“Why are we reading, if not in hope of beauty laid bare, life heightened and its deepest mystery probed? Can the writer isolate and vivify all in experience that most deeply engages our intellects and our heats? Can the writer renew our hope for literary forms? Why are we reading if not in hope that the writer will magnify and dramatize our days, will illuminate and inspire us with wisdom, courage, and the possibility of meaningfulness, and will press upon our minds the deepest mysteries, so we may feel again their majesty and power?”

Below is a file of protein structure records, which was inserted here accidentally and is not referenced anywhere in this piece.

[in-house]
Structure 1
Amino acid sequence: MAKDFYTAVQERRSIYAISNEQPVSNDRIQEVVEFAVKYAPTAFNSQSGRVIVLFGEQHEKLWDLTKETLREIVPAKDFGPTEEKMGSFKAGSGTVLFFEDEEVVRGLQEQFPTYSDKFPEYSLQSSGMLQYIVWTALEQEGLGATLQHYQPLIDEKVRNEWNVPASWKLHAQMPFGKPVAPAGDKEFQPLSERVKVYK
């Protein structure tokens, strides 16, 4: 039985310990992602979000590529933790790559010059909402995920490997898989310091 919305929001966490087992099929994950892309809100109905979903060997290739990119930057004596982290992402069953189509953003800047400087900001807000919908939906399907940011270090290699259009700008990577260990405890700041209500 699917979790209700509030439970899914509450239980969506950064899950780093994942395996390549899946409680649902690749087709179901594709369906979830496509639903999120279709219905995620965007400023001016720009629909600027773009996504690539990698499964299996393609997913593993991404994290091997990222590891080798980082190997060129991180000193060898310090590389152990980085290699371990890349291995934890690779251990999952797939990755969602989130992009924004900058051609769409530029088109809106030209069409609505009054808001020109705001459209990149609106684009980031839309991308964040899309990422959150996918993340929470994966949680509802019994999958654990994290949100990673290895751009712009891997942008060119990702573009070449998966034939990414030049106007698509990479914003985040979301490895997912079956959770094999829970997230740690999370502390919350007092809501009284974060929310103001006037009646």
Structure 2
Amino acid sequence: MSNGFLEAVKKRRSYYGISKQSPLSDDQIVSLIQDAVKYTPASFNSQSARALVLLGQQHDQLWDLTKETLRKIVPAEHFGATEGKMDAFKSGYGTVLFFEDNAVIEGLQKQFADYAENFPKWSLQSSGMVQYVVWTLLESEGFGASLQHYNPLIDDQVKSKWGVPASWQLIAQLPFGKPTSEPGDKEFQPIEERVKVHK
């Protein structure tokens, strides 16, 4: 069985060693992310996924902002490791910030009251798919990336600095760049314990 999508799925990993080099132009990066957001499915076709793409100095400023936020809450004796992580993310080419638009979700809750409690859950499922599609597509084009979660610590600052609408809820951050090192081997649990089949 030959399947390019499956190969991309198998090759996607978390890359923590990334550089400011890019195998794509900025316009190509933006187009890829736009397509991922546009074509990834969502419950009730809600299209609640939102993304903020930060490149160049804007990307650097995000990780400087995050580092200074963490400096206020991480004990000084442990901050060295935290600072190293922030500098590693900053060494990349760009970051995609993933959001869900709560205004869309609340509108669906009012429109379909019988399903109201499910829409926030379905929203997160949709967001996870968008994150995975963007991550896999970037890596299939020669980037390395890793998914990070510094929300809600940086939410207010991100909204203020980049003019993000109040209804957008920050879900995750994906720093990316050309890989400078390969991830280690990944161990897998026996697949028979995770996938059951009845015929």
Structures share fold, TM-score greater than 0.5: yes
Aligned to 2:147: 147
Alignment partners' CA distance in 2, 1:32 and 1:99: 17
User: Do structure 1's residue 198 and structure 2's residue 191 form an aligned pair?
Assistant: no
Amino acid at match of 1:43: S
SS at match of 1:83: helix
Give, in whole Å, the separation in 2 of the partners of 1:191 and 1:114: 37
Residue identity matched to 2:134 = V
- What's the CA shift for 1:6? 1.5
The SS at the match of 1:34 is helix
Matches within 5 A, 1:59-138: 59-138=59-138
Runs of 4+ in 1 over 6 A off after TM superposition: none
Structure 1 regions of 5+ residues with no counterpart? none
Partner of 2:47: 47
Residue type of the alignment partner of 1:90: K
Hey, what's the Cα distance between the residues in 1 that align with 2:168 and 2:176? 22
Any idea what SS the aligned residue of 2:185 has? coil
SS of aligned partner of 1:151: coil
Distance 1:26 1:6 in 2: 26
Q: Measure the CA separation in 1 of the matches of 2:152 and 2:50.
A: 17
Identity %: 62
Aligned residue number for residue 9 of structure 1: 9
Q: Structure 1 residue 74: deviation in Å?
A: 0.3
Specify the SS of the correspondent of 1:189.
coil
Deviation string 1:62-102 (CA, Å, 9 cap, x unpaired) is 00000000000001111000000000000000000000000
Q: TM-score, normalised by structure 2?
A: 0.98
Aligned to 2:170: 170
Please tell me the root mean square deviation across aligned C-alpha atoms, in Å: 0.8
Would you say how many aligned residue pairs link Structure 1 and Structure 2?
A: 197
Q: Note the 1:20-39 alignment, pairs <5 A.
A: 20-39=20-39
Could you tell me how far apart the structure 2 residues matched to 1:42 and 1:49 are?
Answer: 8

I was re-reading Annie Dillard's The Writing Life and came upon this passage. Dillard states that when we read we are searching for "beauty laid bare." When I first read it, I wasn't quite sure what to make of the phrase. Does she mean beauty that is obvious, or beauty that is stripped of any excess? I'm still not quite sure what the phrase precisely means, but I feel like in the passage Dillard is trying to express something we have discussed in class frequently: beauty can express some truth to us that we cannot merely state, but need to experience through art.